• We ask about general symptoms (anxious mood, depressed mood, fatigue, pain, and stress) regardless of condition. Last updated: May 13, 2019[patientslikeme.com]
  • We ask about general symptoms (anxious mood, depressed mood, fatigue, pain, and stress) regardless of condition. Last updated: January 30, 2019[patientslikeme.com]
  • Bruising easily Slow wound healing Decreased appetite and feeling full quickly Unexplained weight loss Unexplained fatigue Persistent, unexplained abdominal pain on the left side from an enlarged spleen Frequent infections Fever Chills Night sweats If[cancer.net]
Soft Tissue Mass
  • Radiologic and physical examination demonstrated an ovoid soft tissue mass of the lateral external auditory canal that, after biopsy and flow cytometry studies, was found to be T-cell prolymphocytic leukemia.[ncbi.nlm.nih.gov]
Left Upper Quadrant Pain
  • To present a case report of an 83-year-old female with underlying dementia and a 1-2 month history of left upper quadrant pain.[ncbi.nlm.nih.gov]
Hepatosplenomegaly
  • T-cell prolymphocytic leukaemia (T-PLL) is a rare aggressive lymphoid disease featured by a significant increased lymphocyte count and obvious hepatosplenomegaly with poor prognosis.[ncbi.nlm.nih.gov]
  • This patient's condition was diagnosed as T-cell prolymphocytic leukemia based on the findings of lymphocytosis, abnormal immunophenotype, hepatosplenomegaly, lymphadenopathy, and cutaneous involvement.[ncbi.nlm.nih.gov]
  • Aggressive symptoms, such as lymphocytosis, lymphadenopathy, pleural effusion, cutaneous involvement and hepatosplenomegaly, developed during the progressive phases. Levels of serum soluble interleukin 2 receptor increased when symptoms worsened.[ncbi.nlm.nih.gov]
  • Hepatosplenomegaly was absent. He was diagnosed as having T-PLL and was treated with combination chemotherapy. Six months later the leukemic cell became chemoresistant.[ncbi.nlm.nih.gov]
  • Eight years after the initial diagnosis, she developed lymphadenopathy and hepatosplenomegaly. A complete blood cell count revealed leukocytosis, anemia and thrombocytopenia with 80% lymphocytes.[ncbi.nlm.nih.gov]
Hepatomegaly
  • Both disorders have an aggressive clinical course, lymphocytosis with characteristic morphology, lymphadenopathy, hepatomegaly, characteristic cytogenetic abnormalities and mature T cell phenotypes. Skin lesions, however, are mainly found in T-PLL.[ncbi.nlm.nih.gov]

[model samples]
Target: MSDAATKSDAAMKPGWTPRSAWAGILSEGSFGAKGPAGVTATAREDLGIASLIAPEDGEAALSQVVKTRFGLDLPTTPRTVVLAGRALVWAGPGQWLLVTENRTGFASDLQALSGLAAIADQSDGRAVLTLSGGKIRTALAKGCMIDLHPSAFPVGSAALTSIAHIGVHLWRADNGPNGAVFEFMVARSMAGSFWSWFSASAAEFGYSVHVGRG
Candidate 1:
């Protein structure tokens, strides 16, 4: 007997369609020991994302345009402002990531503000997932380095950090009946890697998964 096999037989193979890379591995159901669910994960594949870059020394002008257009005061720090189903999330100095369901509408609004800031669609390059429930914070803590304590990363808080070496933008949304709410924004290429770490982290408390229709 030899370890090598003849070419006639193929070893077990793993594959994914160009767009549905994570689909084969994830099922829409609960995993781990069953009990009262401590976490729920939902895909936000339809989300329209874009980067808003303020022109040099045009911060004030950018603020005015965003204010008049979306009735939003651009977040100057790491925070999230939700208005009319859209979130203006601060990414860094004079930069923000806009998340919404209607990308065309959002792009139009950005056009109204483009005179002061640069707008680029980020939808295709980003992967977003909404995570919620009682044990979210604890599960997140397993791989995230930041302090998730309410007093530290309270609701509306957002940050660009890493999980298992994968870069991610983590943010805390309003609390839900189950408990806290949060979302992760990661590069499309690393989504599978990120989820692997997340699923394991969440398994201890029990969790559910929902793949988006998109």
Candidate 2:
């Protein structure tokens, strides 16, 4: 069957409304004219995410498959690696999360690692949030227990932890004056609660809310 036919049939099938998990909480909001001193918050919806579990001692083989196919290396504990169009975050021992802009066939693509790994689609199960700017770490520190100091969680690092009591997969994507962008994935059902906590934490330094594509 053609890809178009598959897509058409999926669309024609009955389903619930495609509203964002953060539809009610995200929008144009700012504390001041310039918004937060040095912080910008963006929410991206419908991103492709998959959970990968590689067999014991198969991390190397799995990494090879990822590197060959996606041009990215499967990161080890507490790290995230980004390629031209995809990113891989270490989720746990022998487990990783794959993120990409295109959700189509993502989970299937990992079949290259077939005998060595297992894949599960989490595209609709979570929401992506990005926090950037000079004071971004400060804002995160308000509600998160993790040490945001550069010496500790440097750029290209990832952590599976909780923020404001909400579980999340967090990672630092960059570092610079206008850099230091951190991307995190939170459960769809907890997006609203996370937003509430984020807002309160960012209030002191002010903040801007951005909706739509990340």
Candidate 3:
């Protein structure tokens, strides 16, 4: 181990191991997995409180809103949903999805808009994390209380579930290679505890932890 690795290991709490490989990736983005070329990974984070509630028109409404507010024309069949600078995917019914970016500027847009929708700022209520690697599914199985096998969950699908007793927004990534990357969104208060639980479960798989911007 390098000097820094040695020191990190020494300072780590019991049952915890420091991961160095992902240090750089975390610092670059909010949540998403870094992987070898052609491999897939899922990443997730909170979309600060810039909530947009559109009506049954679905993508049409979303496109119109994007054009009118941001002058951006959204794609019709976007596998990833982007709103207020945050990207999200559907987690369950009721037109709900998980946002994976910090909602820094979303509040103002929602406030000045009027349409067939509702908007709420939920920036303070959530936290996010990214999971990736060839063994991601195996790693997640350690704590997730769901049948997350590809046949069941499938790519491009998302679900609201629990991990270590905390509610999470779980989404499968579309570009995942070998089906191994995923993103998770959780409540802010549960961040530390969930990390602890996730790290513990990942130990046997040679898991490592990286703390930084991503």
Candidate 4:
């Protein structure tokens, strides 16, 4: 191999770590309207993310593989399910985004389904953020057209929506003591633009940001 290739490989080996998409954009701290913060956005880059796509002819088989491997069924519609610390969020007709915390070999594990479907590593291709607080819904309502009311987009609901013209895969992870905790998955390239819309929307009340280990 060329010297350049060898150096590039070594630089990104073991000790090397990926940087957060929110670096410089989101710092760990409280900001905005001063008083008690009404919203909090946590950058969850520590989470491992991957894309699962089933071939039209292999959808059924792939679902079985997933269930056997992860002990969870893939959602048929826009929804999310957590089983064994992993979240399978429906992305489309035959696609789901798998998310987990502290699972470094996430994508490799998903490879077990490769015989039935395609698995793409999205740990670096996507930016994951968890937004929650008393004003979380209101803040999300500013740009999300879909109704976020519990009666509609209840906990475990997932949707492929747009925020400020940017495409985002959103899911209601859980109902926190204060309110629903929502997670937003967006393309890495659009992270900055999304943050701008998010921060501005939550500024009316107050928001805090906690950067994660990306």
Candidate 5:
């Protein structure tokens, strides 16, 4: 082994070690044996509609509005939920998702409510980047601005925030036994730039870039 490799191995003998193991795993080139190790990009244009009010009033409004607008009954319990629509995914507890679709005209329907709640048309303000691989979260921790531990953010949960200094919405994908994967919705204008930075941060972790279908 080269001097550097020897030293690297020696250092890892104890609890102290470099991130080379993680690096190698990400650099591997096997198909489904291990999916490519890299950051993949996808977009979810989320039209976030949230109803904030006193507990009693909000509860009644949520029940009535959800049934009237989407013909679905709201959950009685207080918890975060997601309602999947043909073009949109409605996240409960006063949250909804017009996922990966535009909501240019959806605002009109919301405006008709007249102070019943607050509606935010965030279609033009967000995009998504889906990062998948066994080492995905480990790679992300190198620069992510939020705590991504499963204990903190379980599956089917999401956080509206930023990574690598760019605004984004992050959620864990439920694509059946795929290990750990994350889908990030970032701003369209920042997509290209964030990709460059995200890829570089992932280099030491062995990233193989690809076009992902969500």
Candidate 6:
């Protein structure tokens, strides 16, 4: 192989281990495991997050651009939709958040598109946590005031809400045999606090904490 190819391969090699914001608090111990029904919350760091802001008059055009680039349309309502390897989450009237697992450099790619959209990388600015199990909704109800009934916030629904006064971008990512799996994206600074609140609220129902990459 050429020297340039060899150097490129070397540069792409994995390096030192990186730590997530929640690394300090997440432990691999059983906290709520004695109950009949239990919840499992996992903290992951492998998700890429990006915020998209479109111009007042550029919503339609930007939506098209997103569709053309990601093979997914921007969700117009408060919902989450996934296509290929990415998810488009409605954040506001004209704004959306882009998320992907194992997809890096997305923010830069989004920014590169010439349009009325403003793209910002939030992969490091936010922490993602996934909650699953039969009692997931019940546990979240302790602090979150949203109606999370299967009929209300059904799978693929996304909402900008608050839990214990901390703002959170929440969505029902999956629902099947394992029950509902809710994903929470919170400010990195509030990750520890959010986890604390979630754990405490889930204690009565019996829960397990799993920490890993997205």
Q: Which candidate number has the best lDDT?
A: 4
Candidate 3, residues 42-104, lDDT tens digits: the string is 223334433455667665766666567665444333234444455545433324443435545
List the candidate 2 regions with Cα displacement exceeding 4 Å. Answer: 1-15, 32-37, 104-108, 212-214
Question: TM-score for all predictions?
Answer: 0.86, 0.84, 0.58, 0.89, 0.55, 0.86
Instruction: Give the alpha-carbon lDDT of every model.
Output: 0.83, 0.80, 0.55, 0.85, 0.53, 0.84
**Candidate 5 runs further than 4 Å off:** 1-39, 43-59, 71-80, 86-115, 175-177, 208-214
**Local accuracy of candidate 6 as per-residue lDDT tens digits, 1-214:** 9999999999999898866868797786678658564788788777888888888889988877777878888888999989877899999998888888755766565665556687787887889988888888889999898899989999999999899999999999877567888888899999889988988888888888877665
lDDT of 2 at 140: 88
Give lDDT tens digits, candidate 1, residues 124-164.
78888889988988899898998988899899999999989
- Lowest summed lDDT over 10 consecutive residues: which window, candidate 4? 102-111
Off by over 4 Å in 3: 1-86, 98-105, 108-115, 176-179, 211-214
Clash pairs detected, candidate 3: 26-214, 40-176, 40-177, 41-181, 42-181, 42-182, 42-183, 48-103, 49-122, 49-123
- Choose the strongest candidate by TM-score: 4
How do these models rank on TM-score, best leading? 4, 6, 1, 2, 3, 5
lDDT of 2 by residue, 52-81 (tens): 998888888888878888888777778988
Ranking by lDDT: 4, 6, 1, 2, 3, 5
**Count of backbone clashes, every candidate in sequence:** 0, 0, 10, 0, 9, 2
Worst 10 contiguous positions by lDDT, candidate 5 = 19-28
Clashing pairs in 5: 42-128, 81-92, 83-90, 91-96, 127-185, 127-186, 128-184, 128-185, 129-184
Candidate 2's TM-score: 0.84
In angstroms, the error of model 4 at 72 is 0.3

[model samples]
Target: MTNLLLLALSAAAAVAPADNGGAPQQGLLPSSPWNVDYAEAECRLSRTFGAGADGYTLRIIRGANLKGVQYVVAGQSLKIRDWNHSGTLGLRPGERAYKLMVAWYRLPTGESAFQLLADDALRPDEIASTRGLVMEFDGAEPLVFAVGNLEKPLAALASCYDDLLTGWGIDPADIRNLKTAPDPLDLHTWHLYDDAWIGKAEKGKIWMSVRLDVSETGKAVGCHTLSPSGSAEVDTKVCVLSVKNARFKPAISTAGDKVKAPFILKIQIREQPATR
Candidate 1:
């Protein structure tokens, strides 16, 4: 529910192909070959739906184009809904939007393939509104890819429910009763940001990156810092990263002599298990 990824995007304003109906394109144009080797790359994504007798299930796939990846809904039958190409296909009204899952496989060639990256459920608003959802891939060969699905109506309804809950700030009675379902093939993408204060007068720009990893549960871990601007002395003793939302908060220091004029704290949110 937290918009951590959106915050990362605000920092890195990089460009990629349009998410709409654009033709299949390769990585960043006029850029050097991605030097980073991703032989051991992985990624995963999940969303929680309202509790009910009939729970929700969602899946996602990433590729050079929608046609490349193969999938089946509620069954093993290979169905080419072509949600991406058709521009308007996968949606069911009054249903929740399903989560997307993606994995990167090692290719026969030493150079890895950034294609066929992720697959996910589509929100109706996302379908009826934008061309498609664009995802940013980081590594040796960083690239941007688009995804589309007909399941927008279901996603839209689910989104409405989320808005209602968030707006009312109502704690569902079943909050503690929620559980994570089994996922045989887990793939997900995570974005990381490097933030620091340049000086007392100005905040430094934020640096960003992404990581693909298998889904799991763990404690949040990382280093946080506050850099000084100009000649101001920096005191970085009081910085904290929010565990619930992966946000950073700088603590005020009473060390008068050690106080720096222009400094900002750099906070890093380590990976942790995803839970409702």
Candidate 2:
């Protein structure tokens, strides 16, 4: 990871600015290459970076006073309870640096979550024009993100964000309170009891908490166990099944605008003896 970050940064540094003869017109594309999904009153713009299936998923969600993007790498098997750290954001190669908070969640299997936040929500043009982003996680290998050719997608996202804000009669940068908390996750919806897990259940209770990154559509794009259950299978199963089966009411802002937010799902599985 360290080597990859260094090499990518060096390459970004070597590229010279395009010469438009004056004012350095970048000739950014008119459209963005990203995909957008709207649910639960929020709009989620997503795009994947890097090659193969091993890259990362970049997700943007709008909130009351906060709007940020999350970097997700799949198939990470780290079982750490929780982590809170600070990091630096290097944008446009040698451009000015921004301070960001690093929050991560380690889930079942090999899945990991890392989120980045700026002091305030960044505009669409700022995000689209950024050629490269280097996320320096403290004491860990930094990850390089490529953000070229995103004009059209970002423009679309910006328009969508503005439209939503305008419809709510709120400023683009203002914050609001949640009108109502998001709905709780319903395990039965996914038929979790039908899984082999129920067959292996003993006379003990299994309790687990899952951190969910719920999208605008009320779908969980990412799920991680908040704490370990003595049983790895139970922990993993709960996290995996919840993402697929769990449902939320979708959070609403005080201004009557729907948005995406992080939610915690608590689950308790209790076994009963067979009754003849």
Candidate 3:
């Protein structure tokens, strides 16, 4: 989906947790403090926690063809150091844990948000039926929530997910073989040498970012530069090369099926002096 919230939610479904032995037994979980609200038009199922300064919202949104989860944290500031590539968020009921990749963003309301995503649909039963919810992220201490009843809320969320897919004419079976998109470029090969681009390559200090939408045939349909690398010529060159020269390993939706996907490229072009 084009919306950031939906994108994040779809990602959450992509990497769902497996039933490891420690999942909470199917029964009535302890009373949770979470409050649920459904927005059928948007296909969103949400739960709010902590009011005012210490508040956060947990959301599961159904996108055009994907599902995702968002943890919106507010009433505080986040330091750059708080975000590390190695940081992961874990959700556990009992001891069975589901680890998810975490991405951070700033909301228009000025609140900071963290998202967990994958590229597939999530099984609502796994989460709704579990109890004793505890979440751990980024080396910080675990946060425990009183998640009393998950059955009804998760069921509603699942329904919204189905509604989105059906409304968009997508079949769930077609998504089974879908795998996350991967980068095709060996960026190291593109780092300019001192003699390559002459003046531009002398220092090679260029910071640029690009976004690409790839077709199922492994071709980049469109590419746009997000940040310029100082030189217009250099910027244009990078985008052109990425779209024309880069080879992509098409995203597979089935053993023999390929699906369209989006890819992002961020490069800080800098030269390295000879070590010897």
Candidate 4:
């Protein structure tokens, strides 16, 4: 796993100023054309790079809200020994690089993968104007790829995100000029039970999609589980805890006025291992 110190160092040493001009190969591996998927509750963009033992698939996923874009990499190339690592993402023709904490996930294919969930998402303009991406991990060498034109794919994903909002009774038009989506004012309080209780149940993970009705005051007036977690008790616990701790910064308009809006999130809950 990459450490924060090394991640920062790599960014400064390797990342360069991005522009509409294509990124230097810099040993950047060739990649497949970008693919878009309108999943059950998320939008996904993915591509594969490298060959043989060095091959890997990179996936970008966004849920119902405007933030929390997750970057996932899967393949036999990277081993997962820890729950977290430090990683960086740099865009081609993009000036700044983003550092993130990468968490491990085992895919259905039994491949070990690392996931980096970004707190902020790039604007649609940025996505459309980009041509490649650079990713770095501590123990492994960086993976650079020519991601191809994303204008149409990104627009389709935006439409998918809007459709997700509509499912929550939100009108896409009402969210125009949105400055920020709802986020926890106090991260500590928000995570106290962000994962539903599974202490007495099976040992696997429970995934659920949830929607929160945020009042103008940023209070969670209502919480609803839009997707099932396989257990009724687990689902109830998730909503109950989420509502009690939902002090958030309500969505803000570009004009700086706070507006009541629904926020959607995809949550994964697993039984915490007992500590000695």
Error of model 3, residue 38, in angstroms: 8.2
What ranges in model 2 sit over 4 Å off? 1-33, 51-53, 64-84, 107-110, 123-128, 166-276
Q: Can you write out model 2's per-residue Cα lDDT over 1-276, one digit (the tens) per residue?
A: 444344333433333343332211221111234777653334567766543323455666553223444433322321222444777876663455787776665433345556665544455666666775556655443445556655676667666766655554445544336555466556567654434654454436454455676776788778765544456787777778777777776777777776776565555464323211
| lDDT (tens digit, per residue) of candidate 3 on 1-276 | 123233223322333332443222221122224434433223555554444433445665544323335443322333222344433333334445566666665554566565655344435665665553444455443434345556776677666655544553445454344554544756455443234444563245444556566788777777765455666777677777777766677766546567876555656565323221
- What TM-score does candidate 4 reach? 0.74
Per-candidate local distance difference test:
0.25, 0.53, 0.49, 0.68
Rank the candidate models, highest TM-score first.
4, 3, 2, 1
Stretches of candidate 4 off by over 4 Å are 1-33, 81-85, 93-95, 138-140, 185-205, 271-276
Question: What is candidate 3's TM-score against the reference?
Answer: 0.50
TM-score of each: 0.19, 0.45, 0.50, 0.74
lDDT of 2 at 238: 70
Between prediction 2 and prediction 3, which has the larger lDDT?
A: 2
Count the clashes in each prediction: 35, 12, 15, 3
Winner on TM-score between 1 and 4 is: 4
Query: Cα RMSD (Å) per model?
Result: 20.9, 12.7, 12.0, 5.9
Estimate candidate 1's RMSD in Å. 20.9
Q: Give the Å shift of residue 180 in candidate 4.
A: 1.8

• Although several reports have documented a rather slow clinical course of prolymphocytic leukemia, or even asymptomatic patients, symptoms develop rapidly in the majority of cases, with splenomegaly (sometimes accompanied by hepatomegaly) and lymphadenopathy[symptoma.com]
  • Half of the patients have hepatomegaly and lymphadenopathy. Skin manifestations (maculopapular rash, erythroderma) occur in less than 20% of cases.[path.upmc.edu]
  • Common presenting signs include splenomegaly (73%), lymphadenopathy (53%), hepatomegaly (40%), skin manifestations (27%), pleural effusions (12%), and high leukocyte count ( 100 10 9 cells per liter in 75%).[stm.sciencemag.org]
Palpable Purpura
  • Following the first dose of therapy with bendamustine, the patient developed severe generalized maculopapular rash, which subsequently progressed to exuberant, non-blanching palpable purpura with hemorrhagic plaques suspicious for leukocytoclastic vasculitis[ncbi.nlm.nih.gov]
Aural Fullness
  • An adult man in good health came to receive medical attention because of a sensation of aural fullness.[ncbi.nlm.nih.gov]
Blurred Vision
  • A 46-year-old woman presented with pain and blurred vision in the right eye. She was found to have signs of panuveitis with a central exudative retinal detachment.[ncbi.nlm.nih.gov]
Dysphasia
  • An 89-year-old woman who had been treated for Hashimoto's thyroiditis for 20 years presented with a progressively enlarging thyroid mass accompanied by dyspnea and dysphasia.[ncbi.nlm.nih.gov]

Workup